Germany’s TV Advertising Market: Q&A with Mel Eckl
18 January 2018 • tvsquared
Meg Coyle, Content Director
Meg Coyle,
Content Director

Germany is one of the strongest TV markets in Europe. According to eMarketer, traditional TV is still hugely popular in the country, with adults devoting 37.3% of their daily media time (about 3:38 hours) to it. Some estimates even have that number increasing by one-to-two minutes in 2018. Needless to say, the German TV advertising market is also strong, and expected to grow to $5.2 billion.

Germany is one of TVSquared’s fastest-growing regions, and we recently opened our Munich office in conjunction with our acquisition of wywy. We spoke to Mel Eckl, TVSquared’s sales director, who is heading up our Munich office, about the German TV market and what trends we can expect this year.

 

Mel Eckl
Mel Eckl

Tell us a little about yourself.

While I was born in Norway, I grew up in Munich, where I studied economics and marketing. I was the VP of sales at wywy and transitioned into the role of sales director when TVSquared acquired us last November. I’m now running the Munich office and focused on supporting our rapidly expanding client base in the DACH region.

Outside of work, I love to hike and climb. I’m also a runner and currently training for the Berlin Marathon.

 

What are the biggest demands from TV advertisers in Germany?

TV is still the largest marketing channel in Germany. But the way advertisers use it is changing. While it used to be leveraged for either brand awareness or direct response, that line is blurring. It’s not either/or anymore.

The rise of the second-screen, and the fact that most TV viewers watch with them in their hands or nearby, has made TV an even more dynamic, powerful marketing channel. It drives both immediate response via digital and contributes to longer-term brand awareness. In many ways, TV is even more powerful today than it was years ago.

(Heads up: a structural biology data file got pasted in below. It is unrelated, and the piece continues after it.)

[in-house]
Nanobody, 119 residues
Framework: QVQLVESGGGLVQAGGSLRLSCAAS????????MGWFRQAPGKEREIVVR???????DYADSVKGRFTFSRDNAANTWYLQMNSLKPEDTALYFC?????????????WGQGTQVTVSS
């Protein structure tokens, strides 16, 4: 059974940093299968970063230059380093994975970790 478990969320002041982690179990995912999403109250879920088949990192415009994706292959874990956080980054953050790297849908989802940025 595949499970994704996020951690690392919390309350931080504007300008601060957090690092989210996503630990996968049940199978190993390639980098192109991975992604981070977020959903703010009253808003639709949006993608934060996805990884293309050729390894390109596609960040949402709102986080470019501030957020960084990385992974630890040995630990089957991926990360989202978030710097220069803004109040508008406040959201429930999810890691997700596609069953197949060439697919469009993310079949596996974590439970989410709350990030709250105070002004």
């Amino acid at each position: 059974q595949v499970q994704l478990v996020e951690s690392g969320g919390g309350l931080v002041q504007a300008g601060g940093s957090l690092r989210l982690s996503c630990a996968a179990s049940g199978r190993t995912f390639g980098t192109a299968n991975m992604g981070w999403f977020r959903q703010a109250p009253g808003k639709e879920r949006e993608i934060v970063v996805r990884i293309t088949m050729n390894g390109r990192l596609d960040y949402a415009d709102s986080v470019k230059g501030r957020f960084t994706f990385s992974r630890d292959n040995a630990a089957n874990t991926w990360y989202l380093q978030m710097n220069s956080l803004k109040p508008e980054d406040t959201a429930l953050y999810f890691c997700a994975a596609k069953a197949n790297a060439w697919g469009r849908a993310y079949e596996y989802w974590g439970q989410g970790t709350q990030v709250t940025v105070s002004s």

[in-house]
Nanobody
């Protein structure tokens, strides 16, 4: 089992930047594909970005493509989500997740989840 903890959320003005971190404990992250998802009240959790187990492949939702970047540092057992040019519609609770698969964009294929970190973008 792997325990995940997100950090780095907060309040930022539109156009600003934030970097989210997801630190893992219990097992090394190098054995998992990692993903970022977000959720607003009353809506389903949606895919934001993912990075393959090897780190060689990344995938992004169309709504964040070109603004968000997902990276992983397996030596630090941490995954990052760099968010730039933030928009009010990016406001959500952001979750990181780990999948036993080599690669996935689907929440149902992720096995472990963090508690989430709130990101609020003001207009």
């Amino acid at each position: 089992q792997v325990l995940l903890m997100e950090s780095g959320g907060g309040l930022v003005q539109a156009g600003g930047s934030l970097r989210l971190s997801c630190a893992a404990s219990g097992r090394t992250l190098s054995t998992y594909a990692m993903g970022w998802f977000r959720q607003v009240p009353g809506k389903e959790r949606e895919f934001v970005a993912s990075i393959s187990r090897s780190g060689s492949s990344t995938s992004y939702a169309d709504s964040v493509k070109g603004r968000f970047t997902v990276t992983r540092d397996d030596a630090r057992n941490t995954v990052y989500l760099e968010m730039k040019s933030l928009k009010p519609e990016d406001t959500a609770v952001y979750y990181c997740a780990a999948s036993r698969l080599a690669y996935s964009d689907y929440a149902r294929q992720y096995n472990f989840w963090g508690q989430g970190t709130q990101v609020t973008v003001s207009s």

TV is now a performance-driven marketing channel. For German TV advertisers, much like advertisers across the globe, the demand for attribution technology to measure and optimize TV’s short- and long-term roles in the customer journey, is high.

Can you tell us about some successes German clients have had with TV measurement/optimization? 

TV success is different for every company. Measuring TV’s success should reflect how spots impacted a brand’s unique KPIs. For an online store, it’s sales; for an auto brand, it might be test-drive requests; for a restaurant chain, it could be coupon downloads. In general, I’ve seen our clients optimize TV to improve response by 30% and more.

How important is cross-country TV advertising in Germany?

Germany has always dealt with cross-country marketing for the DACH region. TV advertisers typically cover Germany, but also Austria and Switzerland.

Due to this, German brands have also had to do cross-country measurement and, I think, that has made them even smarter, more savvy advertisers. Not only do they have to understand the challenges/opportunities in Germany, but for different markets as well. They have to adapt creatives, buys and strategies to optimize TV in different regions. So, it’s second-nature when a German brand has to expand advertising initiatives throughout the EU or globally.

What are some trends for the German TV market in 2018?

I see German advertisers starting to leverage TV not only for brand awareness, but also as a direct-response generator. TVSquared often says that every brand is a little bit DRTV, and that’s completely true. It will be interesting to see what advertisers will do with their calls-to-action to leverage this.

We’ll also see a rise in media for revenue/equity deals that will allow smaller companies to advertise on TV. There’s a perception that smaller brands can’t take advantage of TV due to cost constraints, but this is not the case anymore. We’re seeing brands of all shapes and sizes leverage TV for marketing.

What should brands and agencies know about TV as a marketing channel? 

Expanding on what I said before, TV is no longer reserved only for big players to get big reach. It’s a dynamic, performance-driven channel that’s measurable and optimize-able, and will support the effectiveness of marketing strategies for every advertiser.

What’s your favorite TV show? 

While it’s quite old now, I do love “Friends.”

What’s your favorite TV ad of all time? 

By far, the Coca-Cola Christmas Trucks ads.